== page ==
Soriano's walk-off homer gives Yankees 3-1 ALCS lead
Updated: Monday October 22, 2001 8:43 AM
NEW YORK (AP) -- No one could scold Alfonso Soriano for admiring this shot.
Soriano, a rookie on a team of veterans, moved the New York Yankees one win from their fourth consecutive trip to the World Series. His two-run homer off Kazuhiro Sasaki in the ninth inning Suganday night ended a wild and gritty game, giving New York a 3-1 victory against Seattle and a 3-1 lead in the AL Championship Series.
"I think we're just blessed," said Bernie Williams, who tied it with an eighth-inning homer. "It has taken a lot of work. It has a lot to do with the attitude of this club."
Seattle's Bret Boone broke up a scoreless game with an eighth-inning homer off Ramiro Mendoza, moving the Mariners within six outs of fulfilling the promise of manager Lou Piniella, who pledged his team would stretch the series to six games and force New York to return to Safeco Field.
"There's a certain amount of magic that's tied to him," Yankees manager Joe Torre said of Williams. "We all expect it, and he's never let us down."
Soriano, the rookie second baseman whose strong spring training caused the Yankees to find a spot for him in their lineup, won it with his homer off Sasaki, last year's AL Rookie of the Year.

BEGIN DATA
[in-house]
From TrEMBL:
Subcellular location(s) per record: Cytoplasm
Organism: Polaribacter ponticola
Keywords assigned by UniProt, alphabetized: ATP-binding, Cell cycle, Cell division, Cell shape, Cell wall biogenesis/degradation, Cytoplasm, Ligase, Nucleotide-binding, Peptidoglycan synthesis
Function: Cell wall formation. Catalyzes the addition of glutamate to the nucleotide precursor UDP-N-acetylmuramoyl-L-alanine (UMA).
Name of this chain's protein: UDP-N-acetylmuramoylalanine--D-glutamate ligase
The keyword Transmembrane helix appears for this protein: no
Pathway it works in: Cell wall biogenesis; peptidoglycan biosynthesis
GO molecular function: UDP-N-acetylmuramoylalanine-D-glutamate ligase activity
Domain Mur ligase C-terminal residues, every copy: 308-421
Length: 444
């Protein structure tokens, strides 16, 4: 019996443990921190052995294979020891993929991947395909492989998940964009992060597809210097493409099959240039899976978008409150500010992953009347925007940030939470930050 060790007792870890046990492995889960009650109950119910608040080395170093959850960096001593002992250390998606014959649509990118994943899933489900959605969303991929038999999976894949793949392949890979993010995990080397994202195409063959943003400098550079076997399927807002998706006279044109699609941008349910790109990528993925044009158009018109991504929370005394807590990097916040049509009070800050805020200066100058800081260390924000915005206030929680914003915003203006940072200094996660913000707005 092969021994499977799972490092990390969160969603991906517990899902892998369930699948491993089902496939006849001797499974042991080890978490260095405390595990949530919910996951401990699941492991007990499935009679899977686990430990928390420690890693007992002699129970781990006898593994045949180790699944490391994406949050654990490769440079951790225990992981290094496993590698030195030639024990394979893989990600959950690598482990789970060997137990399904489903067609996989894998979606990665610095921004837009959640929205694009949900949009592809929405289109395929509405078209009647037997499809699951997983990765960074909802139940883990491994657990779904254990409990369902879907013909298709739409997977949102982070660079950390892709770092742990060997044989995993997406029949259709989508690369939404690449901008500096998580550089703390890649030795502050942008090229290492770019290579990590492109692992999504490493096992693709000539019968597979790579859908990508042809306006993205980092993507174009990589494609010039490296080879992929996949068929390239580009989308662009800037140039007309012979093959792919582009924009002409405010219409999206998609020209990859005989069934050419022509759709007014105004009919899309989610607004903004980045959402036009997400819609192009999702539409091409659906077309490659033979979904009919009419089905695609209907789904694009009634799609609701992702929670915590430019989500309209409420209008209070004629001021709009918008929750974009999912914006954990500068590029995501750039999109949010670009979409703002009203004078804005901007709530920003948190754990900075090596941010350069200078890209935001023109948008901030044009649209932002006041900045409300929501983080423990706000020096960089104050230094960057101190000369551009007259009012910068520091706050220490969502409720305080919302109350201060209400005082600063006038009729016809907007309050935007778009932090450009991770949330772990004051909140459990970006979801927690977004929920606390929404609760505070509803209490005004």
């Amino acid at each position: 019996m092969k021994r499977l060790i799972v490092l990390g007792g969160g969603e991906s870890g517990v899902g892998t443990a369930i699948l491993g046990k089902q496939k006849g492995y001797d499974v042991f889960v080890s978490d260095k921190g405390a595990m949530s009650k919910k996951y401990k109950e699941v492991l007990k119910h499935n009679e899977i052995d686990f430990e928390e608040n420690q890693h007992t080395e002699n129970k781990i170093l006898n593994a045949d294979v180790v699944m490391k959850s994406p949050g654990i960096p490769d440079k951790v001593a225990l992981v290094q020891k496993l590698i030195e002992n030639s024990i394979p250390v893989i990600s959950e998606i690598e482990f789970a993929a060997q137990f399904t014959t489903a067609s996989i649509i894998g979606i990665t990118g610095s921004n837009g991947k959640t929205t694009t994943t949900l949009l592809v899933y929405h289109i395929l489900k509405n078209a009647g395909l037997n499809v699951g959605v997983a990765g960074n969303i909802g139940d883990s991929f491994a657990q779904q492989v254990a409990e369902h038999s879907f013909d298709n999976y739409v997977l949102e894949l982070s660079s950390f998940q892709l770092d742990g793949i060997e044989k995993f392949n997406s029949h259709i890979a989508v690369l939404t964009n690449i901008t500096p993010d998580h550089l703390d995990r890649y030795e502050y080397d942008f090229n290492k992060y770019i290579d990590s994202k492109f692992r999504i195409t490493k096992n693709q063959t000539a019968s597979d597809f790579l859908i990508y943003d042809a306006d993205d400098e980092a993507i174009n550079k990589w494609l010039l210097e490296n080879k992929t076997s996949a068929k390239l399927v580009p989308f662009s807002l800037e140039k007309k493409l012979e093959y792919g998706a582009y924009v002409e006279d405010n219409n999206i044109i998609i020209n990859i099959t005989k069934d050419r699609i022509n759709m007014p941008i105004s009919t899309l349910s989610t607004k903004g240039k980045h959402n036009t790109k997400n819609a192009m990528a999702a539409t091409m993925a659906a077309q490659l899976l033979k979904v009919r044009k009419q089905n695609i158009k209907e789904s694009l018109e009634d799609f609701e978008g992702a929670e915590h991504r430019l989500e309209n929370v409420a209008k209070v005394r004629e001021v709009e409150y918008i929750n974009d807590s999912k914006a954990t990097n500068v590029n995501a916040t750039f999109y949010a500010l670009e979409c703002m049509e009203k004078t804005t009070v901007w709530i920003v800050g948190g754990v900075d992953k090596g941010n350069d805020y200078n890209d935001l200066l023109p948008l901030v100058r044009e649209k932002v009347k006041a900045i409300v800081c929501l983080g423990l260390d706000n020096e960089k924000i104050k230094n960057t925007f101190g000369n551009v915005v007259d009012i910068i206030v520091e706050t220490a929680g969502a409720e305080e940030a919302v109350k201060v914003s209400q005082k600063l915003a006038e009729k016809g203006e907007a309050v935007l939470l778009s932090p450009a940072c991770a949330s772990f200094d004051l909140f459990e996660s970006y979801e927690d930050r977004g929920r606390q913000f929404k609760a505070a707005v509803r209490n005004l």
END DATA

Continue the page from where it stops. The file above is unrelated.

"We just jumped off the bench," Tino Martinez said. "We knew it was gone when he hit it."
In Game 1, Soriano was criticized by the Yankees for failing to run out a ball he thought was a home run and then getting only to first base when it clanked off Safeco's left-field wall. And in Game 3, he was slow to cover second base, contributing to the Mariners' win.
"Those are the things that happen in the game," Soriano said through a translator. "But I think I have a great path ahead of me."
Scott Brosius, whose two-run double propelled the Yankees to their Game 2 win, reached on an infield single with one out against Sasaki, who allowed just six homers.
Soriano took a ball, then sent an opposite-field drive to right-center. Mike Cameron went back and jumped, but the ball was helped by a stiff wind and landed about 10 feet past him.
"They used the elements very well today," Cameron said. "For a minute, I thought I had a play on it, but it didn't seem like it wanted to be played."
Yankee Stadium rocked as fans jumped up and down. But they're used to these magical moments.
Chris Chambliss hit a series-winner against Kansas City in Game 6 of the 1976 ALCS, and Williams had game-ending homers against Baltimore in 1996 and Boston in 1999, both in series openers.
"I don't know if you can get any higher than this," Torre said. "We're going to have to calm down for a game tomorrow."
Because of their wildness, both were pulled after the fifth inning. Abbott walked eight, one short of the ALCS record.
"I didn't have anything really working that I could rely on," he said.
It then came down to a battle of the bullpens, and the Yankees prevailed. As usual.
Andy Pettitte will try to close it out Monday night against Aaron Sele in a rematch of Game 1 starters. The three-time defending World Series champions are trying to become the first team to win four consecutive pennants since they won five from 1960-64.